2 Ways to Make Homemade Applesauce

FacebooktwitterpinterestmailFacebooktwitterpinterestmail

This has been a great year for apples at our house.

We have 3 big apple trees. I can’t even remember what type they are- it’s been so many years since we planted them! But they are bit on the tart side, making them delicious for eating and making applesauce!

Some years they don’t do so well and some years, like this year, we get a bumper crop. We choose not to use pesticides on them. We’d probably get better yields if we did, but we don’t want the chemicals.

Last week, I canned 24 pints of applesauce!

Today we’re having pork barbecue for supper, so I made up a fresh batch for supper to go along with it. It’s cooking in the crock pot now.

So let me tell you how to make Applesauce, both ways- Canned and in the Crock pot:

Crock pot Applesauce

Prep time- Approx. 15 minutes / Cook time- 3-4 hours

  • 12 -15 apples, peeled and sliced into pieces
  • 1/2 c. water
  • 1/4 cup sugar ( you can totally omit the sugar if you prefer, esp if your apples are sweet ones)
  • 1 Tbsp Lemon juice
  • 1/2 tsp. cinnamon

Place the apples in the crock pot. Sprinkle with the lemon juice and stir it in. Add water, sugar and cinnamon, stir and turn on high. Cook untill tender, approximately 4 hours. Enjoy it warm right from the crock pot!

Now, here’s what I do when I make a big batch to can:

Canning Applesauce

You can adjust this recipe to use whatever amount of apples you may have, but here’s a recipe for around 14lb. of  prepared apples.

It will yield about 9 pints of applesauce.

Wash apples, peel and core.

Cut into chunks and place in a large pan.

Put in water to cover the bottom so they won’t burn while cooking down.

Cook over medium low heat until apples are soft, stirring occasionally and adding a bit more water if necessary to keep them from burning.

While it’s cooking, I wash my jars. It’s most efficient if done in the dishwasher, but certainly you can wash them by hand as well. (For applesauce, it’s easiest to use wide mouth jars. I have used quart jars  for years as  I had lots of mouths to feed. This year I used pints  for the first time ever.)

Boil a pan of water and rinse each jar, swirling the water around to warm the jars. Pour the water out of the jars when you are ready to fill with the applesauce.

Boil your lids and keep them warm in the pan till ready to use. Also fill your water bath canner and let the water be getting hot while you prepare your jars. (You will want the water to cover the tops of the jars by about an inch or two.)

When apples are soft, run through a blender. (I LOVE my Ninja blender. I use it for so many things.)

You can sweeten with sugar or honey to taste. I often add cinnamon to at least some of my batch. It’s optional though.

Using a funnel fill jars to within 3/4 ” of the top of the jar.

Run a knife down the inside of each jar to remove any air bubbles.

Wipe the rim of each jar clean (If you used a funnel, it won’t be very messy. Applesauce on the rim can cause it not to seal properly)

Using your lid lifter ( A wonderful invention. I never had one for years, but wouldn’t do without it now) , place lids on the jars., then place the rings on jars.

Lift each jar with your jar lifter  and place in boiling water inside the canner.

Adjust water level by adding more if needed. Place lid on the pan and keep and eye on it so you can start timing when the water comes to a boil. When it does, turn heat down to medium and time it for 20 minutes.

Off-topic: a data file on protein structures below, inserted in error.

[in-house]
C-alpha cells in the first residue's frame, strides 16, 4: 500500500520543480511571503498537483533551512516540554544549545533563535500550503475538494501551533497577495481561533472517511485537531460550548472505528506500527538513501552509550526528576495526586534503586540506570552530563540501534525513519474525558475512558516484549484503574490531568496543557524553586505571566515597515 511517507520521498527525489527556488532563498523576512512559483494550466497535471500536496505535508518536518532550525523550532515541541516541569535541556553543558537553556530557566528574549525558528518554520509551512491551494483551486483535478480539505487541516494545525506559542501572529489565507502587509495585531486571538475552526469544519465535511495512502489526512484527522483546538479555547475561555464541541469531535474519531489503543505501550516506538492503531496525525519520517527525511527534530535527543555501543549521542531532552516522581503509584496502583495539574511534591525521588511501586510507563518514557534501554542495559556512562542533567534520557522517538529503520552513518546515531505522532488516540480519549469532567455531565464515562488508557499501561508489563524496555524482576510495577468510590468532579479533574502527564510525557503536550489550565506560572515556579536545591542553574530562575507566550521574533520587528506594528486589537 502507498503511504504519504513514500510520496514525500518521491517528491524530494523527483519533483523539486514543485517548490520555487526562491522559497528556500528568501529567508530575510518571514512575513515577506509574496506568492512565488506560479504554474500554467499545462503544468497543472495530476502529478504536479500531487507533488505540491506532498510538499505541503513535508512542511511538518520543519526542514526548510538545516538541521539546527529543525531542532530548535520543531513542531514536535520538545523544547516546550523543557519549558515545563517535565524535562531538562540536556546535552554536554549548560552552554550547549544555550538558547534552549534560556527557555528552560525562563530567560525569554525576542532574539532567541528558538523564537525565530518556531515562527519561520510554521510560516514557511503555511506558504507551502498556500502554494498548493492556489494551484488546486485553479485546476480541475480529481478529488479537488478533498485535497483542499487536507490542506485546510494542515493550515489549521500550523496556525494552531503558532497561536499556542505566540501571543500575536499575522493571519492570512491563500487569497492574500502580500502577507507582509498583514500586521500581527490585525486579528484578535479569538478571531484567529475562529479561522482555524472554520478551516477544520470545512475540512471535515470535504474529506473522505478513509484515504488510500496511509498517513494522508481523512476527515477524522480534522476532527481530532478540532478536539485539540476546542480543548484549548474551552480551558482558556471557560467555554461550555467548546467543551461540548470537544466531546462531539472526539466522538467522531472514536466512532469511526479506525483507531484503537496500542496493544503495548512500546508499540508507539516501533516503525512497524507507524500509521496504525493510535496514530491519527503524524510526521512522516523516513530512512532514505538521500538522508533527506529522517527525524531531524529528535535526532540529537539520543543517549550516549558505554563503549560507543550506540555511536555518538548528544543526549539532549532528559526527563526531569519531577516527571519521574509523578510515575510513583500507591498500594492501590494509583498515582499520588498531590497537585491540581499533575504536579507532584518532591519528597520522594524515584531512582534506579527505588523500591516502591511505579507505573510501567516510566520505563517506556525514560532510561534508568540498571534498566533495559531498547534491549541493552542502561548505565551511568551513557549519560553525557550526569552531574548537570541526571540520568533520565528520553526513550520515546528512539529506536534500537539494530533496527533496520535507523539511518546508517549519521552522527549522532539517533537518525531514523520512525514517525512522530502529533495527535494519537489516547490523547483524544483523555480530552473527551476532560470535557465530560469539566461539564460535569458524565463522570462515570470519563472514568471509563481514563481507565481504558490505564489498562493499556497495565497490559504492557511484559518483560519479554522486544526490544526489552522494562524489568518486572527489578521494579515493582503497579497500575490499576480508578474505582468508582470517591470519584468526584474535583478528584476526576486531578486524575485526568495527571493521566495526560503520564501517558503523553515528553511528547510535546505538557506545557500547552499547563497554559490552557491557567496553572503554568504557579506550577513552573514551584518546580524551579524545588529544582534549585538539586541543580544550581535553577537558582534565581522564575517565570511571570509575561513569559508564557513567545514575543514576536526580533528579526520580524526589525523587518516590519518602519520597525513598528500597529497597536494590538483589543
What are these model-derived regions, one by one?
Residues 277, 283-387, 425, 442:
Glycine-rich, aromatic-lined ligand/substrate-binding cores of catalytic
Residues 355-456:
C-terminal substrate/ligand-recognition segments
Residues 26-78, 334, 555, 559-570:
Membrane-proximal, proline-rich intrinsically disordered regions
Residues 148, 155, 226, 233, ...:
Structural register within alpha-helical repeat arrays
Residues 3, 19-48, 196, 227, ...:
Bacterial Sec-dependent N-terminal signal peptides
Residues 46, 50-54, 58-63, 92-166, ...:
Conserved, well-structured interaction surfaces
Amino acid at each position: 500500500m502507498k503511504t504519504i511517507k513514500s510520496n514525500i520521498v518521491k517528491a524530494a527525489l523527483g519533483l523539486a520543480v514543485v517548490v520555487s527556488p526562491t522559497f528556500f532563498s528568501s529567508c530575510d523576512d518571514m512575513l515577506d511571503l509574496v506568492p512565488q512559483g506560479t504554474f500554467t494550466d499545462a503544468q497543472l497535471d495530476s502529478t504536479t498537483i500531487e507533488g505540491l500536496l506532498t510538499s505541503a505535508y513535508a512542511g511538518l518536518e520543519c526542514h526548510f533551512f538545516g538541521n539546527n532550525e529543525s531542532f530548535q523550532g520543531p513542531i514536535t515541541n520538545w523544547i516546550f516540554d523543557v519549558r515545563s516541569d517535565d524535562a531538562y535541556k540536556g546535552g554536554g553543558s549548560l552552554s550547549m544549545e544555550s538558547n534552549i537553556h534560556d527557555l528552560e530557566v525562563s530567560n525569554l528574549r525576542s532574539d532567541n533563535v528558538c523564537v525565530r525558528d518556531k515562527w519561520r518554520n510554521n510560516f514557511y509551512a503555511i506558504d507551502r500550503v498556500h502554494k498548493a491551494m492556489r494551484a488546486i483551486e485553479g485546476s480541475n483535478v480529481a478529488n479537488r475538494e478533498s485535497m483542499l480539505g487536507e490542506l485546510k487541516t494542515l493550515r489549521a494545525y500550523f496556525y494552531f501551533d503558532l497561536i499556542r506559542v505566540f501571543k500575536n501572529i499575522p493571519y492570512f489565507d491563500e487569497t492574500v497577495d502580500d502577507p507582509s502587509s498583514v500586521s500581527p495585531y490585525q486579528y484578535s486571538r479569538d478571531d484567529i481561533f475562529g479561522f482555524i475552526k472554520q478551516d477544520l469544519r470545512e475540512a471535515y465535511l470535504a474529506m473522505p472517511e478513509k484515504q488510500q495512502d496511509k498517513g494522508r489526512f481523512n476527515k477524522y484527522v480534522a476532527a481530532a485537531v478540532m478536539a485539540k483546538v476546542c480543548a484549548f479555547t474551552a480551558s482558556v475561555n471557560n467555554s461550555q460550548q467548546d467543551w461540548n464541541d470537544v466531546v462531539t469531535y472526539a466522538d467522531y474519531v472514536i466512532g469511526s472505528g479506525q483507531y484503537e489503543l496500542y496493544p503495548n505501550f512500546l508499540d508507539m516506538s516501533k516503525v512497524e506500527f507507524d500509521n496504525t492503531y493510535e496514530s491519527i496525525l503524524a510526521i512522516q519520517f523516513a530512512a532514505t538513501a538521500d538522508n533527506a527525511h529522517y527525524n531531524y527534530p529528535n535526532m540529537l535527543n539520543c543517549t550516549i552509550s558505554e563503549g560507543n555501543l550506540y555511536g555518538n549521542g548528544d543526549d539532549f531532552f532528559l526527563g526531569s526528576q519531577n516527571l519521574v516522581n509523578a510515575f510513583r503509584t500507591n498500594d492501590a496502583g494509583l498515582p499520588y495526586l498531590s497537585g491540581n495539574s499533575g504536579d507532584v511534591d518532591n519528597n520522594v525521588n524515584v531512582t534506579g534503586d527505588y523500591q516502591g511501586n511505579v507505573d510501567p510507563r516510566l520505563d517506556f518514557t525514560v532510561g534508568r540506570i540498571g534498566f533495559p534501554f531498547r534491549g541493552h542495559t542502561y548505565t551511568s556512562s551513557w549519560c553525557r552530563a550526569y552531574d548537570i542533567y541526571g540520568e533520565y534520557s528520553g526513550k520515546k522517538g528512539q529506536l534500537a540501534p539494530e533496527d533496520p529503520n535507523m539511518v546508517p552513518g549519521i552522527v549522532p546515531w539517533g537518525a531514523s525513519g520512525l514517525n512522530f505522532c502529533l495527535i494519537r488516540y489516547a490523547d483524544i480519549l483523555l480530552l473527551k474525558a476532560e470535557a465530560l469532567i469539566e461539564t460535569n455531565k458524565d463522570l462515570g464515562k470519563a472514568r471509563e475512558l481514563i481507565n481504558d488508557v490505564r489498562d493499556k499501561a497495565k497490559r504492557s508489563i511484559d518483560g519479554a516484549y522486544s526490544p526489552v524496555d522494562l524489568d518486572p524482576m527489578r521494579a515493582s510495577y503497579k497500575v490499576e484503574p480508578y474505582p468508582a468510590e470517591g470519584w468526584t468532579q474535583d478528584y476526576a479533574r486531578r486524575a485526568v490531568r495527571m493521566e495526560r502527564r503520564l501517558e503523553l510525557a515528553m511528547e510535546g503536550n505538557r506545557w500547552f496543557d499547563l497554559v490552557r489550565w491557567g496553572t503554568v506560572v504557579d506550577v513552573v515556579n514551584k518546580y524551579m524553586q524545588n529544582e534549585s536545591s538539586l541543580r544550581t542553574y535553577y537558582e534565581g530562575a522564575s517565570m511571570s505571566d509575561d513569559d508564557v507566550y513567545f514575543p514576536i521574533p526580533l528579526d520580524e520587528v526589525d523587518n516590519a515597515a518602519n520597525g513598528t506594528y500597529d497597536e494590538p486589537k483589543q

When 20 minutes is up, turn heat off and allow to sit for 10 minutes.

Place a dish towel on the counter top near canner so you can place your hot jars on it to cool. Remove lid from the canner and use your jar lifter again to remove each jar.

Let the jars stay on the counter without moving for at least 24 hours.

Soon after removing them from the canner, you’ll hear that lovely ping sound as the lids begin to seal.

The next day, press down on the center of each jar to be sure it has sealed. If it hasn’t , just place the jar in the refrigerator and use within a week.

Sealed jars can be stored for 12- 18 months on a shelf. Once you open the jar, store remainder not used up in the refrigerator.

I write on my jars with a permanent marker the date I made the applesauce so I can use up earlier batches first.

Enjoy! Nothing like homemade applesauce!

 

Marilyn

Marilyn is wife to Rick, Mom to 14 children, Nana to 16 grandchildren (and counting!) and homeschooler for 37 years. She and her husband own Character Concepts which they started for the purpose of helping others raise children with a strong, godly character and Biblical worldview.. They have developed character curriculumfrom preschool through high school, based on what they found worked whenteaching their own 14 children over the years. Her passion is to help young moms raise kids of character and enjoy the journey!

Latest posts by Marilyn (see all)

FacebooktwitterpinterestmailFacebooktwitterpinterestmail

About Marilyn

Marilyn is wife to Rick, Mom to 14 children, Nana to 16 grandchildren (and counting!) and homeschooler for 37 years. She and her husband own Character Concepts which they started for the purpose of helping others raise children with a strong, godly character and Biblical worldview.. They have developed character curriculum from preschool through high school, based on what they found worked when teaching their own 14 children over the years. Her passion is to help young moms raise kids of character and enjoy the journey!

Leave a Reply

Your email address will not be published. Required fields are marked *

*